But even if it doesn't work in the case of Second Life, isn't it worth trying out? This is what I mean by hardcore users' resistance to change -- an unwillingness to even consider experimenting with new ways of growth and retention. With so much at stake, why not at least try?

Thaiis Thei

Giving residents shiny icons to get them to improve your woefully inadequate support documentation only works if you haven't already alienated your longest running members, those who have been able to work things out despite LL's shocking doco. I predict a fail on this one.

Ciaran Laval

Hamlet I'd rather LL rolled out a standard for inworld leveling systems than the forum system, for example I'd love a levelling system for people on my RP sim, but I'd love it to be consistent in terms of behaviour with a system for my non RP sim, LL would be better off encouraging that than their forum system.



What would gamification encourage you to do in Second Life that you don't currently do?

How would my being able to see where you rank on a leaderboard or what your 'level' is improve my experience?

On sites like the StackExchange ones, gamification makes sense as it encourages people to compete to give the best answers. My being able to see others ranks and points on such a site gives me some at-a-glance measure of how much I can trust them.

With Second Life there is no one single core activity to build any 'gamification' around. Even with Yelp and all its varieties of categories, the 1 single core activity remains submit reviews.

Even if Second Life was a service with a clearly identified core activity, that doesn't mean 'gamification' is worth trying. Take Twitter for example, would 'gamification' work for it? Sure, if there were badges and points to be earned for up-voted tweets, people would probably tweet more thoughtfully and actively if those game-related motivations appealed to them. As is though, people are plenty motivated to tweet for whatever reason they have; economic, meeting new people, or directing traffic to their blog.

I don't believe gamification is worth trying for Second Life, and I don't have a problem with gamification. There's just nothing points, levels or badges would motivate me to do that I don't already do.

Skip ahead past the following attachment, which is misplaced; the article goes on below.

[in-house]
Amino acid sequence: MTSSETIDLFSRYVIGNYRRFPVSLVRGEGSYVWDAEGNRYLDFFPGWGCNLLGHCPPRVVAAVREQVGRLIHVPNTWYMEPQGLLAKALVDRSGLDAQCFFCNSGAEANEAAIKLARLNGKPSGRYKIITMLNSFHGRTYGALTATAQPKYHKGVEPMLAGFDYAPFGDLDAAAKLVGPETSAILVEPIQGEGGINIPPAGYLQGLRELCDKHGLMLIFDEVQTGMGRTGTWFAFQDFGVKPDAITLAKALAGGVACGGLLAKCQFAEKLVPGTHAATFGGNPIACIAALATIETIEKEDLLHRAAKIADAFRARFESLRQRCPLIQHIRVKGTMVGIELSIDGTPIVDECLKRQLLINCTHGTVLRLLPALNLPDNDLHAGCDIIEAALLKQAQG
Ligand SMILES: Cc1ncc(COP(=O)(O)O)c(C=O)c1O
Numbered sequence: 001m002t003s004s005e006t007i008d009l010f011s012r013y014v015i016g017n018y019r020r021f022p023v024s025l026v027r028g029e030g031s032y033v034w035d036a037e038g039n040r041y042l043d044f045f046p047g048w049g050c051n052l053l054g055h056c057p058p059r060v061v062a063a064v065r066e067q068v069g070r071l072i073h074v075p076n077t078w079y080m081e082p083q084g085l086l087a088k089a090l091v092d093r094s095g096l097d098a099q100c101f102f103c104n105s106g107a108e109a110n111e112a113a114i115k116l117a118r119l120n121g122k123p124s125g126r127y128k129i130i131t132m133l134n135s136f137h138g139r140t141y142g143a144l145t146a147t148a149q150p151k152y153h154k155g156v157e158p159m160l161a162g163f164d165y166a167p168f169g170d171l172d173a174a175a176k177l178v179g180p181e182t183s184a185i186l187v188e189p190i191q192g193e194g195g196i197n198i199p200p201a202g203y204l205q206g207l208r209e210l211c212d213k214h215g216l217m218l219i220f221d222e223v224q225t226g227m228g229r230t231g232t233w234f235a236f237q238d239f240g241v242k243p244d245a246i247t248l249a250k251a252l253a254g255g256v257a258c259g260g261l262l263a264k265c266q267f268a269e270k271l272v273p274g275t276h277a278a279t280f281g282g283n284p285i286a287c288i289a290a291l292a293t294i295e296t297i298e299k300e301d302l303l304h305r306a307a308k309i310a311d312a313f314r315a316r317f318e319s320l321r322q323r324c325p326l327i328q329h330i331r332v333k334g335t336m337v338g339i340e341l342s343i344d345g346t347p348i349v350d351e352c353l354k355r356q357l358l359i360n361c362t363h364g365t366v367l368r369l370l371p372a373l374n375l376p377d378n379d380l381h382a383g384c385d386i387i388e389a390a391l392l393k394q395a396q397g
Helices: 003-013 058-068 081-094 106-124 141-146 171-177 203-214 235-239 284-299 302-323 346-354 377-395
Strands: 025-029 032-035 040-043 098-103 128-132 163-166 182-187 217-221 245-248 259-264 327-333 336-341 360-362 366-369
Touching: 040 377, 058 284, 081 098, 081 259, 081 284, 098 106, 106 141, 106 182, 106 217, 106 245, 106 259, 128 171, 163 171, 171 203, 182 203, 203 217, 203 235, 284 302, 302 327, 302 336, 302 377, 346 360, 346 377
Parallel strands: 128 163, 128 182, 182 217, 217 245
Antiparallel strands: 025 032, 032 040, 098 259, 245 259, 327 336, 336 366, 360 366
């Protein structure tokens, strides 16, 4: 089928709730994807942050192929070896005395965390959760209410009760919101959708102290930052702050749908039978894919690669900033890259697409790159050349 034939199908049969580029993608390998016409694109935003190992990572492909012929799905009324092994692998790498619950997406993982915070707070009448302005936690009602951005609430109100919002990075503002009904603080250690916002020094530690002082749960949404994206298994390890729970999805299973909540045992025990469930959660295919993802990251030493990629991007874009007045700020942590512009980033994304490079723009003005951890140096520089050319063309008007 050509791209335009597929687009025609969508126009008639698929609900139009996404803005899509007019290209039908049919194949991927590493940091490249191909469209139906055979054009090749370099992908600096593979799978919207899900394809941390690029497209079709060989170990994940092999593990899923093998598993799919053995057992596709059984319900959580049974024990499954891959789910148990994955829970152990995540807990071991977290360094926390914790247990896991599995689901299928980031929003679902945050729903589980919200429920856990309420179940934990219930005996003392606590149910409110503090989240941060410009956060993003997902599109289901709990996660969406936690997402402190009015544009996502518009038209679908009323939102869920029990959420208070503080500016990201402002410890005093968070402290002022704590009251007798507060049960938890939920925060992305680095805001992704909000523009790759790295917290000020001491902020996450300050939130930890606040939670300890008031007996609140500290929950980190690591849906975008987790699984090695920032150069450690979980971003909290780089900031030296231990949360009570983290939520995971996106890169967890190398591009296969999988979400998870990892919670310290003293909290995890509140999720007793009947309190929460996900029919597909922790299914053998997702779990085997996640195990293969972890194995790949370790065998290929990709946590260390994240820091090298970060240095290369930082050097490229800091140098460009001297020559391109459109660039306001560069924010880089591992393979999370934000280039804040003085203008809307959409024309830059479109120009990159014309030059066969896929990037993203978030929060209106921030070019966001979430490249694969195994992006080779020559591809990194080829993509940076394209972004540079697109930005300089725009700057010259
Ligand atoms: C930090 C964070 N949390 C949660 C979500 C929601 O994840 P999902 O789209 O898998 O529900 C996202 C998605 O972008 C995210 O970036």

Melissa Yeuxdoux

Gamification? Is that making everyone wear short skirts?

Stick with Latin roots: ludification.

Hamlet Au

I like that, Melissa!

"What would gamification encourage you to do in Second Life that you don't currently do?"

Gamification is also essential for NEW USERS who don't do anything in Second Life -- the 95% who try SL but soon leave, but complaining that "there's no point" to Second Life. Leveling systems create a light, open-ended structure which encourages them to explore the world and learn more about what's there.

As for existing users, we're currently suffering a plateau in user hours, so leveling systems will gently and subtly encourage the established players to spend more time doing what they love doing. A similar thing happened with cross-game Xbox achievements -- users embraced them like crazy, at a level that totally took Microsoft by surprise.


If new users see 'no point', then that's nothing gamification can help with. You said gamification works, and I agree, but in all cases I've seen of it working, it heightens existing activity and encourages the submission of more quality content; be it a review on Yelp or answers on a Q&A site.

Gamification probably hasn't ever solved a 95% churn issue. If a site like Hulu failed, it wouldn't be due to not enough gamification, it'd be due lacking content provided by the service.

For existing users I feel similar. Gamification rewards existing activity and encourages more of it. It doesn't fix problems, and if declining or stagnating user hours is a problem then the reasons need to be found and fixed.

I believe you give too much credit to gamification. It's no replacement for content, and its no problem solver. It's icing on the cake, it improves what's already there, it doesn't replace what's not.

Tateru Nino